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Board Bans Future Antibiotics in Organic Apples, Pears

April 11, 2013 | Northwest Public Radio
CONTRIBUTED BY:
Courtney Flatt


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  • A pear orchard near Hood River, Ore. Organic pear and apple producers will have to stop using antibiotics by October, 2014. credit: Flickr/Loralei Wester
A pear orchard near Hood River, Ore. Organic pear and apple producers will have to stop using antibiotics by October, 2014. | credit: Flickr/Loralei Wester | rollover image for more

Organic apple and pear growers will not be able to use antibiotics on their orchards after Oct. 21, 2014. The National Organic Standards Board decided to ban the practice Thursday during a meeting in Portland.

For a decade, apples and pears could be certified as organic, even if orchards were treated with antibiotics. Growers use the drugs to prevent a disease called fire blight.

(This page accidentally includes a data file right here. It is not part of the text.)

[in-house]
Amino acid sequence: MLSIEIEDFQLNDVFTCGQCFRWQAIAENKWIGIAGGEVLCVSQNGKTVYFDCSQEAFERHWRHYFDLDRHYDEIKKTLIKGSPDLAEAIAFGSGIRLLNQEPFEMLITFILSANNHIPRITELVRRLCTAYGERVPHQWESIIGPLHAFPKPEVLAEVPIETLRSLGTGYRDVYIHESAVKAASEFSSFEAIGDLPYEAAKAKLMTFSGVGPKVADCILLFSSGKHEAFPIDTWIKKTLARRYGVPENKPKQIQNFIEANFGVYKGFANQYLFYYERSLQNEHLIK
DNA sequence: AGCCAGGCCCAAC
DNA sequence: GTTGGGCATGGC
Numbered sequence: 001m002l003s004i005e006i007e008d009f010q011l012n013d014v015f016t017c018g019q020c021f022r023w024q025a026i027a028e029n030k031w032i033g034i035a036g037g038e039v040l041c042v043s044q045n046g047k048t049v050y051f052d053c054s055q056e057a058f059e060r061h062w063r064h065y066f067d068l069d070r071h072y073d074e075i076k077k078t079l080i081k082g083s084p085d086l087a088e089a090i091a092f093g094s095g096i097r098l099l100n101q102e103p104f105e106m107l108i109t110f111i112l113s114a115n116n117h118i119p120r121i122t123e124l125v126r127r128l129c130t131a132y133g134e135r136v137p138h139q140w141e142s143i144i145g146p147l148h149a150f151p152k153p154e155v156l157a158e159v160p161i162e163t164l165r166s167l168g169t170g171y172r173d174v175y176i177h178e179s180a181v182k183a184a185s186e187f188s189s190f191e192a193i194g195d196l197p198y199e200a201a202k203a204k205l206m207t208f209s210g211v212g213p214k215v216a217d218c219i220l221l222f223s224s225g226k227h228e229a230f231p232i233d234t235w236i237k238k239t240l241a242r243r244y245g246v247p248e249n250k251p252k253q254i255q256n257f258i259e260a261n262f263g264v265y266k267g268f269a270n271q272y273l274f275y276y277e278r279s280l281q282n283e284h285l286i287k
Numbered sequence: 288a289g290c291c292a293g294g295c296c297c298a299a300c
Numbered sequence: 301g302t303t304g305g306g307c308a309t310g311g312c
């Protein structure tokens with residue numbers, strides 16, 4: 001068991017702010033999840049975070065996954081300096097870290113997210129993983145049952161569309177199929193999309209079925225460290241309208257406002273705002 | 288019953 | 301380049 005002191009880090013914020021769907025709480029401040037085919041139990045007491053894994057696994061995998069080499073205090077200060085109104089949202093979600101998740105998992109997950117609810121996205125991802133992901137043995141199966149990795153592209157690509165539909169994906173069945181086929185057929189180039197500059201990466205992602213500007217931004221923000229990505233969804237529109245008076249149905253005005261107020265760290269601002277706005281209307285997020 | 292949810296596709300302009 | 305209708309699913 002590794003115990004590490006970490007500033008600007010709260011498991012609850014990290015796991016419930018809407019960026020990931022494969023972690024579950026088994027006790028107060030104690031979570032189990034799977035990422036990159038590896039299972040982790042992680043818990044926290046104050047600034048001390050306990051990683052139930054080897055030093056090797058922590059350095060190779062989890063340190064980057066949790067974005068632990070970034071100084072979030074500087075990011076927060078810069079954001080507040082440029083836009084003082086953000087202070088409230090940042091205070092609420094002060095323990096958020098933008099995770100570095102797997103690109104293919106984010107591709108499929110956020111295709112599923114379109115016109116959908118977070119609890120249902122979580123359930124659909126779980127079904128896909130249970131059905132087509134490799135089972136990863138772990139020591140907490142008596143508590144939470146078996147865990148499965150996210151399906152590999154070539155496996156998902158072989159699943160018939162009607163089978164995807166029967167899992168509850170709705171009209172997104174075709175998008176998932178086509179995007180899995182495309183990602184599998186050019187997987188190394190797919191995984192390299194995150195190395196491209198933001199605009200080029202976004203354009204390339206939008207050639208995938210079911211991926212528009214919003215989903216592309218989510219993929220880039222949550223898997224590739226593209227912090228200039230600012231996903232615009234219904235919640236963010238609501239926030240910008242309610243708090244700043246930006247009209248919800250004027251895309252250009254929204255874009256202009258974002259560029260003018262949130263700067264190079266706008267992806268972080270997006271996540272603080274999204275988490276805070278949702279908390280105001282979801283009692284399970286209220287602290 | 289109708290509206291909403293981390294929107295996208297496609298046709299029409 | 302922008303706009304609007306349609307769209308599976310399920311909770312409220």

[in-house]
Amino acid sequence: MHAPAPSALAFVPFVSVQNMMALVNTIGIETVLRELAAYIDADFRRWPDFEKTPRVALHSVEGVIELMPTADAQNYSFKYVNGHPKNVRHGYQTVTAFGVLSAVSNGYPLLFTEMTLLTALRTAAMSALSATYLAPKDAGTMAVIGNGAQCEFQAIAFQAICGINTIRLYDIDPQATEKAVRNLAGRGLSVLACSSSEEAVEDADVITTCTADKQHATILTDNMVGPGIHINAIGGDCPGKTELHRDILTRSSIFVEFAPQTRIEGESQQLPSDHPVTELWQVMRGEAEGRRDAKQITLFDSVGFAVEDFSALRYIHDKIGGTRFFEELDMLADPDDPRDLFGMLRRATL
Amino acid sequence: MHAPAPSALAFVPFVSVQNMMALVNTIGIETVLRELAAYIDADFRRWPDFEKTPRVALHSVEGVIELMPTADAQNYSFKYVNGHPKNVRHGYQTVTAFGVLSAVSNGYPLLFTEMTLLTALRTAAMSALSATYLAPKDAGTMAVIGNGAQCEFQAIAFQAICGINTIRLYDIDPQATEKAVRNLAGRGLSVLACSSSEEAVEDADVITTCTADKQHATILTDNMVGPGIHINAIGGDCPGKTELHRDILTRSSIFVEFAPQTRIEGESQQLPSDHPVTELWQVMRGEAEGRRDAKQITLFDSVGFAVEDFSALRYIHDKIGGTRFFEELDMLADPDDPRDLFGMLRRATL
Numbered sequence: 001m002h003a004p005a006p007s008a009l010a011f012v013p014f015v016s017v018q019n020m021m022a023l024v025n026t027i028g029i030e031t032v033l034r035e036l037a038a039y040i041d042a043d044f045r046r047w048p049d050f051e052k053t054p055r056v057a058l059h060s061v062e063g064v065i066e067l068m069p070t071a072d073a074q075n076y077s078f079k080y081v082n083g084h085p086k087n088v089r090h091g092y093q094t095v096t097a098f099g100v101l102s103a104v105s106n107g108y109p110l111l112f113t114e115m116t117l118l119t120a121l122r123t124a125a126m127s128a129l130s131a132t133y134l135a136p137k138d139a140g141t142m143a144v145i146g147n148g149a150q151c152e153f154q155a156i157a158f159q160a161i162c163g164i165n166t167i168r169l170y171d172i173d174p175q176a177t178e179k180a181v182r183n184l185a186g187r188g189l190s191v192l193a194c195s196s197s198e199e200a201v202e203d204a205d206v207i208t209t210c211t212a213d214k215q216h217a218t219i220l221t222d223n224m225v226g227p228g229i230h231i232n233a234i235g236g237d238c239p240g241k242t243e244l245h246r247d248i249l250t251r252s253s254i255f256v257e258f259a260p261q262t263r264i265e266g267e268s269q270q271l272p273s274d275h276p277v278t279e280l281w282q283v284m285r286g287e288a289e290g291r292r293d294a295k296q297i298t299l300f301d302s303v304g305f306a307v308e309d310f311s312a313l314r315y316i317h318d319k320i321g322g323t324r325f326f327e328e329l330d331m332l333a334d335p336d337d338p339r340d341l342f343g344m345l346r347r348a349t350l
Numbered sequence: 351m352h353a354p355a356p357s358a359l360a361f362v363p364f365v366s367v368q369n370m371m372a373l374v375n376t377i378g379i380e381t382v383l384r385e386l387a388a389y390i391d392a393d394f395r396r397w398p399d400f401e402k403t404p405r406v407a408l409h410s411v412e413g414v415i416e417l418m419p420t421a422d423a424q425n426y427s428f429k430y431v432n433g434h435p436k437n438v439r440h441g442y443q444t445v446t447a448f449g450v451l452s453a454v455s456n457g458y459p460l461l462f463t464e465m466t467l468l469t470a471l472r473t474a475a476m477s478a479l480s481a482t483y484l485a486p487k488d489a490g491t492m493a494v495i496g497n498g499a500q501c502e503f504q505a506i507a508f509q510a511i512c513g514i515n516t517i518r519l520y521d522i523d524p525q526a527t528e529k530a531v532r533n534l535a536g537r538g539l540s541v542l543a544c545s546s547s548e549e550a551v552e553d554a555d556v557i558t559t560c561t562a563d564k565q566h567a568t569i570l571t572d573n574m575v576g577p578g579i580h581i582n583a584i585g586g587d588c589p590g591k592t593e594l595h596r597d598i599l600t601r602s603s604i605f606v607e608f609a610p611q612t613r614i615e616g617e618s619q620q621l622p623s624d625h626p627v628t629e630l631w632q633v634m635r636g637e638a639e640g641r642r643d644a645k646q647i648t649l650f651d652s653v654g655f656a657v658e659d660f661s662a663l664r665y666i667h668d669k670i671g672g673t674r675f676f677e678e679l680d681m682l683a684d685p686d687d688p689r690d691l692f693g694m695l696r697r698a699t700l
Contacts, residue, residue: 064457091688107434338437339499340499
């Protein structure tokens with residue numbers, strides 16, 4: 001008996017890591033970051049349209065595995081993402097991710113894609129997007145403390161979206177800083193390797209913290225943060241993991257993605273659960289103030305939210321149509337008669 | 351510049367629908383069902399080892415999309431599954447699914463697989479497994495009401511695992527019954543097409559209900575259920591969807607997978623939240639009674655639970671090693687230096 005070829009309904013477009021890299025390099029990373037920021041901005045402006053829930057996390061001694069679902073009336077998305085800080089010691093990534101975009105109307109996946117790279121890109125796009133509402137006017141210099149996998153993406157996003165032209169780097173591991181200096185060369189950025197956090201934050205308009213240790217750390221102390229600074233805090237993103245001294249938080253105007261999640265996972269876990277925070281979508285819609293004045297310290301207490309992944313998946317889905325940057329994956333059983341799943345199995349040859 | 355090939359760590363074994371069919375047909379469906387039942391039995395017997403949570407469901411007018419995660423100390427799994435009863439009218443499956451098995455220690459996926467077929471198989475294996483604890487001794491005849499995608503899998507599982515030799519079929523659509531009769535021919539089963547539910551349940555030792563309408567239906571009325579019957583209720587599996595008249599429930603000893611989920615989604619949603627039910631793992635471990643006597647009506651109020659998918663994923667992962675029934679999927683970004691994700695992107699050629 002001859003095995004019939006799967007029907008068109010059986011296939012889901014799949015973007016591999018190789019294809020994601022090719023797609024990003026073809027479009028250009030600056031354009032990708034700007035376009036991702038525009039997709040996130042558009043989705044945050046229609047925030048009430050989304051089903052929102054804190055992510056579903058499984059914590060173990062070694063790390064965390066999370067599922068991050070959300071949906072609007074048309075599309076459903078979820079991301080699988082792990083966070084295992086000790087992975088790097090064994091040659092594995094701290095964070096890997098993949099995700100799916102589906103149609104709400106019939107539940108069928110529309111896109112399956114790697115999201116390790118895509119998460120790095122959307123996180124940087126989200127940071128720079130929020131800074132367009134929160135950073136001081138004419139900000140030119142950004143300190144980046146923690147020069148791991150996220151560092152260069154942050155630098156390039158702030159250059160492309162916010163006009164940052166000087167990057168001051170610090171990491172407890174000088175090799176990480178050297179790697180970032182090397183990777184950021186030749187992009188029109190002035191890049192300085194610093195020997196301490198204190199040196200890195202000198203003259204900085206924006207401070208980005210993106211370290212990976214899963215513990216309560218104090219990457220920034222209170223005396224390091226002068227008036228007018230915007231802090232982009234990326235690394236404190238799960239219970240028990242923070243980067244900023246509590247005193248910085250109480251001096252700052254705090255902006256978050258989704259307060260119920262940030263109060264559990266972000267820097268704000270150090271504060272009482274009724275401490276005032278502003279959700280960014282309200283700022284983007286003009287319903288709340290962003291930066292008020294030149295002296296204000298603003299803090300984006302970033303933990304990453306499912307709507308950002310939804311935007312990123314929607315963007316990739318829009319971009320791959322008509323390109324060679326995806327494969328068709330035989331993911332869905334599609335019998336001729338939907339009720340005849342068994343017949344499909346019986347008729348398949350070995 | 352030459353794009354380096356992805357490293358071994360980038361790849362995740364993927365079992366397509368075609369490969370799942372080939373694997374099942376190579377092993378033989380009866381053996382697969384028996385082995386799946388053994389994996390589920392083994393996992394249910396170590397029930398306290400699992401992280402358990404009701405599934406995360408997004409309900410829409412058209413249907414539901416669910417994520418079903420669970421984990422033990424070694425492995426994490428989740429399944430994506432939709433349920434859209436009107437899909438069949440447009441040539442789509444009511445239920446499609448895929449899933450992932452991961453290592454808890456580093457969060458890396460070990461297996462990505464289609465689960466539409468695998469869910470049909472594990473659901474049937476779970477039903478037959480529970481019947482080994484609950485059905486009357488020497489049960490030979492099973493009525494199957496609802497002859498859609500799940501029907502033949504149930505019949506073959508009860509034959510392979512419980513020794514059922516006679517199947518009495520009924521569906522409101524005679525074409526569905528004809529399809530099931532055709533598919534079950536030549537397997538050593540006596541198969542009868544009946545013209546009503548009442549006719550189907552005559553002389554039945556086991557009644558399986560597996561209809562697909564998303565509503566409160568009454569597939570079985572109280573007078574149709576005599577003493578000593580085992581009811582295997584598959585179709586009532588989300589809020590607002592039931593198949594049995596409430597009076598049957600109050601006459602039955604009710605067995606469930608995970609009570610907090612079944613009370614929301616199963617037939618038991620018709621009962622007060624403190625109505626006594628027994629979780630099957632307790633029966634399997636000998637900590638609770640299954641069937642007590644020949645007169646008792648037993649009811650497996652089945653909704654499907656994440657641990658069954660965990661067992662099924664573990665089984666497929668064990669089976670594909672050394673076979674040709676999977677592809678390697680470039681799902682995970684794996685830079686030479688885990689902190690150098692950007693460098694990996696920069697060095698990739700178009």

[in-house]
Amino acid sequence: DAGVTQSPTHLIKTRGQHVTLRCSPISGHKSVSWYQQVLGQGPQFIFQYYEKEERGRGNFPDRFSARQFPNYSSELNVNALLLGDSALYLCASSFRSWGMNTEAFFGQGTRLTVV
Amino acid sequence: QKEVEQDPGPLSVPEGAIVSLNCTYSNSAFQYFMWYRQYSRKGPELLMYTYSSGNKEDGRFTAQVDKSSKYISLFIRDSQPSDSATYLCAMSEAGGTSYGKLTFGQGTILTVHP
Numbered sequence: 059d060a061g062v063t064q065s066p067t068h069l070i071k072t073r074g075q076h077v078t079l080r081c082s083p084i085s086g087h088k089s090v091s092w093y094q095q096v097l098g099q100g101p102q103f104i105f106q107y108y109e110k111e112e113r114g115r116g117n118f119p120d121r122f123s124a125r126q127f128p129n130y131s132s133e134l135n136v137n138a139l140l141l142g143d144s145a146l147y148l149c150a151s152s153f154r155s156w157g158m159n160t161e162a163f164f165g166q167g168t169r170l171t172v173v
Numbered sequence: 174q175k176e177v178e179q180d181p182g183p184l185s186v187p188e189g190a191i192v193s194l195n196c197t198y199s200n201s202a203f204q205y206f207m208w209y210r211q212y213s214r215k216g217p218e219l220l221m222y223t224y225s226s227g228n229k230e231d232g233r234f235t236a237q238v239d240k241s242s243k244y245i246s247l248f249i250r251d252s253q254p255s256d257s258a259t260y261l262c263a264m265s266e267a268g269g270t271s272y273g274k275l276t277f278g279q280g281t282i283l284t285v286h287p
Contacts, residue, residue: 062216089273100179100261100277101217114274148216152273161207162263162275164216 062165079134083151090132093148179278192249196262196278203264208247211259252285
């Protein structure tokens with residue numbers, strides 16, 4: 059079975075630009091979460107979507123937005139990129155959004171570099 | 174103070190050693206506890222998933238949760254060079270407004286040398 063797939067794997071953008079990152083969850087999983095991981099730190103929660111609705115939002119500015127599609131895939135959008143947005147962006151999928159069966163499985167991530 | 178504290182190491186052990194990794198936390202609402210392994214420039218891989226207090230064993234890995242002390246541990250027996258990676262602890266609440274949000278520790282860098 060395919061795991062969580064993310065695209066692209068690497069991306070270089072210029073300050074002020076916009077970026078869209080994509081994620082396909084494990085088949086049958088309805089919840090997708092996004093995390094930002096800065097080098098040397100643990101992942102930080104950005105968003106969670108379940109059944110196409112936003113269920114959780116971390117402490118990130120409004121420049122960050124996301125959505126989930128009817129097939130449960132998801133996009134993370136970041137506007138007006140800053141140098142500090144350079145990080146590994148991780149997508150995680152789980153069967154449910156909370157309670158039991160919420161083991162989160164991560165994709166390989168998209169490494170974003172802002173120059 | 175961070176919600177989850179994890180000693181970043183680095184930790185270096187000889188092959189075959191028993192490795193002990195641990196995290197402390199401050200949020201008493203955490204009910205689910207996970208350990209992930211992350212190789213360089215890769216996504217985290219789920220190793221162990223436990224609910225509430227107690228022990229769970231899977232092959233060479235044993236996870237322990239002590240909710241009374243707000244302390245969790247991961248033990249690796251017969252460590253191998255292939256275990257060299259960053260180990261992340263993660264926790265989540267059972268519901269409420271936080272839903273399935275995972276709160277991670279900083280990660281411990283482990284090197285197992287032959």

The two antibiotics growers commonly use also treat acne and tuberculosis in people. Antibiotics are banned in other organic food production. Food safety groups argue they create drug-resistant bugs that threaten people’s health.

But growers worry about their orchards without protection from antibiotics. Alternative ways to fight fire blight are being tested.

© 2013 Northwest Public Radio
agriculture environment organic farming disease
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